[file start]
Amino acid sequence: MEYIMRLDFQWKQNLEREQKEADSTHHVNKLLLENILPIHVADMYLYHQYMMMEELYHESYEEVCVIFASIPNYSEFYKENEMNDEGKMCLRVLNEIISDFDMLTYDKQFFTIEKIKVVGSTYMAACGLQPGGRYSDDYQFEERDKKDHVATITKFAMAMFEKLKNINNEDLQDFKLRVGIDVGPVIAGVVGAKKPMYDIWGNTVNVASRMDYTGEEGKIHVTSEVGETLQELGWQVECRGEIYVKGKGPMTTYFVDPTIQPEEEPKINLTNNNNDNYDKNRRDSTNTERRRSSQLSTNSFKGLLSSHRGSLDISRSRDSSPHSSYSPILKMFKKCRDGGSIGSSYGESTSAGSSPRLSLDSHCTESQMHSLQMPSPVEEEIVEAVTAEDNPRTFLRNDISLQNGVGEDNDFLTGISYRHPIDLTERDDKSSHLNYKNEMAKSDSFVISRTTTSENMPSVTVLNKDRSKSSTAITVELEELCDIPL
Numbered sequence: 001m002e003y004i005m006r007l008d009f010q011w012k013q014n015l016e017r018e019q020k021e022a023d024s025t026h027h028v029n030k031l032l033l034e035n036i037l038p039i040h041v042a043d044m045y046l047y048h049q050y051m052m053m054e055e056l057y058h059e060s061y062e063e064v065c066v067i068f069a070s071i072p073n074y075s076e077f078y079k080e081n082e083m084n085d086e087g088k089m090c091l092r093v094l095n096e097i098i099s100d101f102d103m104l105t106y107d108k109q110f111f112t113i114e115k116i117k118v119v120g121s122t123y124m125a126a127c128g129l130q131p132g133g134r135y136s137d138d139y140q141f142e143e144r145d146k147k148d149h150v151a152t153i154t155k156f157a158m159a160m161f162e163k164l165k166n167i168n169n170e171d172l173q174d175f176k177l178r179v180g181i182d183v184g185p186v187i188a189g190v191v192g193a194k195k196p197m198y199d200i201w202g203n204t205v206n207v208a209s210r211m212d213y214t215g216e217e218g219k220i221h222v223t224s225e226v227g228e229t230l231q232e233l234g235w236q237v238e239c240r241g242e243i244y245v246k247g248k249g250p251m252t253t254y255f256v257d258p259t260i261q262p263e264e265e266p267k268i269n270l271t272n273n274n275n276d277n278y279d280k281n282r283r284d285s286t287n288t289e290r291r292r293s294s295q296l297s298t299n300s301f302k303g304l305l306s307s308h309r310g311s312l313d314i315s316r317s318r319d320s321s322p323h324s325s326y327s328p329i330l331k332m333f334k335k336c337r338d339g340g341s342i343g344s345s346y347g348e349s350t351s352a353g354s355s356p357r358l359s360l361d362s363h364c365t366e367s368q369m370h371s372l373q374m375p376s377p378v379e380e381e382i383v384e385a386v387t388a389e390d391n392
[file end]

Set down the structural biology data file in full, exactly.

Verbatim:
Amino acid sequence: MEYIMRLDFQWKQNLEREQKEADSTHHVNKLLLENILPIHVADMYLYHQYMMMEELYHESYEEVCVIFASIPNYSEFYKENEMNDEGKMCLRVLNEIISDFDMLTYDKQFFTIEKIKVVGSTYMAACGLQPGGRYSDDYQFEERDKKDHVATITKFAMAMFEKLKNINNEDLQDFKLRVGIDVGPVIAGVVGAKKPMYDIWGNTVNVASRMDYTGEEGKIHVTSEVGETLQELGWQVECRGEIYVKGKGPMTTYFVDPTIQPEEEPKINLTNNNNDNYDKNRRDSTNTERRRSSQLSTNSFKGLLSSHRGSLDISRSRDSSPHSSYSPILKMFKKCRDGGSIGSSYGESTSAGSSPRLSLDSHCTESQMHSLQMPSPVEEEIVEAVTAEDNPRTFLRNDISLQNGVGEDNDFLTGISYRHPIDLTERDDKSSHLNYKNEMAKSDSFVISRTTTSENMPSVTVLNKDRSKSSTAITVELEELCDIPL
Numbered sequence: 001m002e003y004i005m006r007l008d009f010q011w012k013q014n015l016e017r018e019q020k021e022a023d024s025t026h027h028v029n030k031l032l033l034e035n036i037l038p039i040h041v042a043d044m045y046l047y048h049q050y051m052m053m054e055e056l057y058h059e060s061y062e063e064v065c066v067i068f069a070s071i072p073n074y075s076e077f078y079k080e081n082e083m084n085d086e087g088k089m090c091l092r093v094l095n096e097i098i099s100d101f102d103m104l105t106y107d108k109q110f111f112t113i114e115k116i117k118v119v120g121s122t123y124m125a126a127c128g129l130q131p132g133g134r135y136s137d138d139y140q141f142e143e144r145d146k147k148d149h150v151a152t153i154t155k156f157a158m159a160m161f162e163k164l165k166n167i168n169n170e171d172l173q174d175f176k177l178r179v180g181i182d183v184g185p186v187i188a189g190v191v192g193a194k195k196p197m198y199d200i201w202g203n204t205v206n207v208a209s210r211m212d213y214t215g216e217e218g219k220i221h222v223t224s225e226v227g228e229t230l231q232e233l234g235w236q237v238e239c240r241g242e243i244y245v246k247g248k249g250p251m252t253t254y255f256v257d258p259t260i261q262p263e264e265e266p267k268i269n270l271t272n273n274n275n276d277n278y279d280k281n282r283r284d285s286t287n288t289e290r291r292r293s294s295q296l297s298t299n300s301f302k303g304l305l306s307s308h309r310g311s312l313d314i315s316r317s318r319d320s321s322p323h324s325s326y327s328p329i330l331k332m333f334k335k336c337r338d339g340g341s342i343g344s345s346y347g348e349s350t351s352a353g354s355s356p357r358l359s360l361d362s363h364c365t366e367s368q369m370h371s372l373q374m375p376s377p378v379e380e381e382i383v384e385a386v387t388a389e390d391n392